Your divorce decree is final. Take a deep breath. Walk outside. Feel the sun on your skin and the breeze in your hair. Listen to the passing cars and the wind.
The hard part is over. Now you can start rebuilding your life. Divorce is never the end. It’s the beginning of something better.
There is still a little work remaining. With most of the work complete, there are a few remaining housekeeping items. Small things, although some of them may merit the assistance of your divorce attorney or estate lawyer. It’s time to push through the final items on your post-divorce checklist.
Getting these seemingly small things out of the way can prevent enormous headaches later. Women, in particular, can deal with paperwork issues for years because of name changes. Get everything done now, so you don’t have to keep revisiting the same issue. Plus, if you wait years, your divorce attorney will no longer have the details of your case fresh in his or her mind if they need to help you with anything.
You should read, and re-read your divorce decree. Highlight any to-do’s. Make a list of the items you must do, and that your spouse must do. You must complete most of these items within 30 days. If you have any questions, a quick call to your divorce lawyer can clear them up.
It is important to read and possibly highlight your divorce order. (If you don’t like the idea of notating your decree, make a copy and write on that one.) Confirm all the details with a thorough reading. Some of them will be what you and your ex-spouse agreed on. Others will be the judge’s orders.
Mark all your to-dos on your calendar or figure out your timetable for completing everything within the 30-day window. The quicker you get it done, the faster it will be over.
Did you request your name to be changed back to your maiden name? If so, you will need to change your name with the Social Security Office first. You shouldn’t need your divorce lawyer for most of this.
This is the starting spot. Check the following list of places to make sure your name is correct with all of them.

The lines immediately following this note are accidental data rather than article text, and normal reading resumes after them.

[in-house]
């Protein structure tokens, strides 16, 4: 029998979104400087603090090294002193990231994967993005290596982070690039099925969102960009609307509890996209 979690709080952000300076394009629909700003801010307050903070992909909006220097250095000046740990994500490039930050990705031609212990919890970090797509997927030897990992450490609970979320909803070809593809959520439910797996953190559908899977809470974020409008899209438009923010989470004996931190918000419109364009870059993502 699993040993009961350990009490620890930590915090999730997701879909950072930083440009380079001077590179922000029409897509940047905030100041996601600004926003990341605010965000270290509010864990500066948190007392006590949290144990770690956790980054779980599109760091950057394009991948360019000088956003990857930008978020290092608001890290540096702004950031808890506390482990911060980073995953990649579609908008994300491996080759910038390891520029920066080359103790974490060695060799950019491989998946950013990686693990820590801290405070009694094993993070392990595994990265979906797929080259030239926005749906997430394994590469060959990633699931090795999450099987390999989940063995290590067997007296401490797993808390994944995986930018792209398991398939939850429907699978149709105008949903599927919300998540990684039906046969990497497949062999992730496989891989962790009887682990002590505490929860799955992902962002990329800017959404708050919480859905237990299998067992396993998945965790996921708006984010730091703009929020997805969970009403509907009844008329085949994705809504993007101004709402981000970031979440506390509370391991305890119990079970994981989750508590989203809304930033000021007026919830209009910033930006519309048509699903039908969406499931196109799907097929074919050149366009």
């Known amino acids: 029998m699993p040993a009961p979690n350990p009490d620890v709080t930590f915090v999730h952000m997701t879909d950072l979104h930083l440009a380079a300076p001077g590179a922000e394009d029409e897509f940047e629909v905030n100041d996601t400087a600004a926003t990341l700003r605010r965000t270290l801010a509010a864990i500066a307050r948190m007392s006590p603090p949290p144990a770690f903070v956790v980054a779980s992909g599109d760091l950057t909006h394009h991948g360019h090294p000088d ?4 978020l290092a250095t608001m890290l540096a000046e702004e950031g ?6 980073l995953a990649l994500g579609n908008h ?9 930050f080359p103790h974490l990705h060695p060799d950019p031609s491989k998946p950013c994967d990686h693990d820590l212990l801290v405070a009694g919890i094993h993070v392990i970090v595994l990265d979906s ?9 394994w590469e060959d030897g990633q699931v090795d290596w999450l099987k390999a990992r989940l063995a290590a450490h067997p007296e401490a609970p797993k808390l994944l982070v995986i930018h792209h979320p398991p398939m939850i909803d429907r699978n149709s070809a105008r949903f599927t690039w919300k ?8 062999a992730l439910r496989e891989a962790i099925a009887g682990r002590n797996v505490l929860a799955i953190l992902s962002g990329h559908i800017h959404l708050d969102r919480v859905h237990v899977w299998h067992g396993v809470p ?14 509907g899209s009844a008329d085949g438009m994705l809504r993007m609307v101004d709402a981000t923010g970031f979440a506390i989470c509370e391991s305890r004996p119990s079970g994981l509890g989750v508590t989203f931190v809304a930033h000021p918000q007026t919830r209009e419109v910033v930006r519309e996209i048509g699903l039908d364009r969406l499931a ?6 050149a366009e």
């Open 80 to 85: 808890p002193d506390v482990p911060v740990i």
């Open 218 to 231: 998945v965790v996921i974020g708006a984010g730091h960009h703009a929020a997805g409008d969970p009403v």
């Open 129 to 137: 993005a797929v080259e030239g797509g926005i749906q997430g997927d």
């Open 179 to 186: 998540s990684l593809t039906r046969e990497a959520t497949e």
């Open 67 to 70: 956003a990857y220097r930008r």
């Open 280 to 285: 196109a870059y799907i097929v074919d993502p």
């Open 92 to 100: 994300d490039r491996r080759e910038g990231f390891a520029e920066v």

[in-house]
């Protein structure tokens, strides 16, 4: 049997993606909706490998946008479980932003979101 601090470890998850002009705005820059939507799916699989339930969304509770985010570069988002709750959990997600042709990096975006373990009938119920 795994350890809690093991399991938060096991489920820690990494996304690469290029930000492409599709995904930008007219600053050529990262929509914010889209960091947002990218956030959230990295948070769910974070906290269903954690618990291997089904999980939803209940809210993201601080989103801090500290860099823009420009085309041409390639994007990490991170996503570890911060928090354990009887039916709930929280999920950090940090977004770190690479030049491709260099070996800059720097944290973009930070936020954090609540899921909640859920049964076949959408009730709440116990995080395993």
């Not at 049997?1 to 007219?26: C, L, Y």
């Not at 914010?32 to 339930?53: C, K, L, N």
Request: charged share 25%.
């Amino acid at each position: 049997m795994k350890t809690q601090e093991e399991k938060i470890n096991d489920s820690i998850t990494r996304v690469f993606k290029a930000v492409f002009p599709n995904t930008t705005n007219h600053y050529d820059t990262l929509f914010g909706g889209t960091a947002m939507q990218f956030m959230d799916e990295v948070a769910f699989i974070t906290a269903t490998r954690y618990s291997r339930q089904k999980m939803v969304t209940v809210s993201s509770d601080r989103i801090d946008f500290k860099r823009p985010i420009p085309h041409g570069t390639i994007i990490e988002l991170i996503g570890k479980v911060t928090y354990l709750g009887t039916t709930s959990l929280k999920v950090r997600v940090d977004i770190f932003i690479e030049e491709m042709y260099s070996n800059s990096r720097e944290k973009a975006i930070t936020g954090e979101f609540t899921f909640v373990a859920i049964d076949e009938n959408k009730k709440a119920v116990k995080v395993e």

If you are changing your name back to your maiden name, then your birth certificate doesn’t need to be changed. You should still get a certified copy of your birth certificate in case an organization wants to see it. Most states have an office of vital statistics where you can order a certified birth certificate.
The Social Security Office requires a certified copy of the decree and identification. You can use your current passport or driver’s license for ID. The divorce decree must show you changed your name back to your maiden name.
Your divorce lawyer can order a certified decree.
After you finish getting all your legal documents and identification in order, you need a new financial plan. Your post-divorce finances will look different from your pre-divorce finances, sometimes drastically so. Whether you handled the family finances before or you let your spouse take care of it, now is the time to take everything in hand and prepare for the future.
First, you will need an accurate analysis of your financial situation. Find all your bank and credit card statements from the past year and look at what you spent money on. Put it into categories like children, groceries, entertainment, etc. Use this data to get a bird’s eye view of your usual spending habits.
Next, look at what has changed. What are you currently paying for housing, insurance, and groceries? Are you going to be paying child support or alimony? Will you receive any child support or alimony? Combined with the above categories, can you afford this on your sole income?
First, if you’re paying child support or alimony, you will have to consider those in your new expenses. Alimony doesn’t last forever, and child support will end when your children reach adulthood. Match your current spending plus these new considerations with your current income.
If you will receive child support/alimony, it would be wise to calculate a few scenarios. The unfortunate reality is that out of the 6.5 million custodial single parents who are owed child support, only 45.6% received all of the child support money. If something happens and you stop receiving all or any child support from your ex, you still need to keep the finances afloat.
Look at your spending versus income including child support and alimony. Then see what would happen if your ex-spouse stopped paying. Hopefully, you will never need a plan for that scenario, but having a plan in place can help ease the stress if it does occur.
Most times you should close any joint accounts and open a new account in your name.
For your checking account order make the first check “800” rather than “1.” That way it won’t be so apparent that it’s a brand-new account.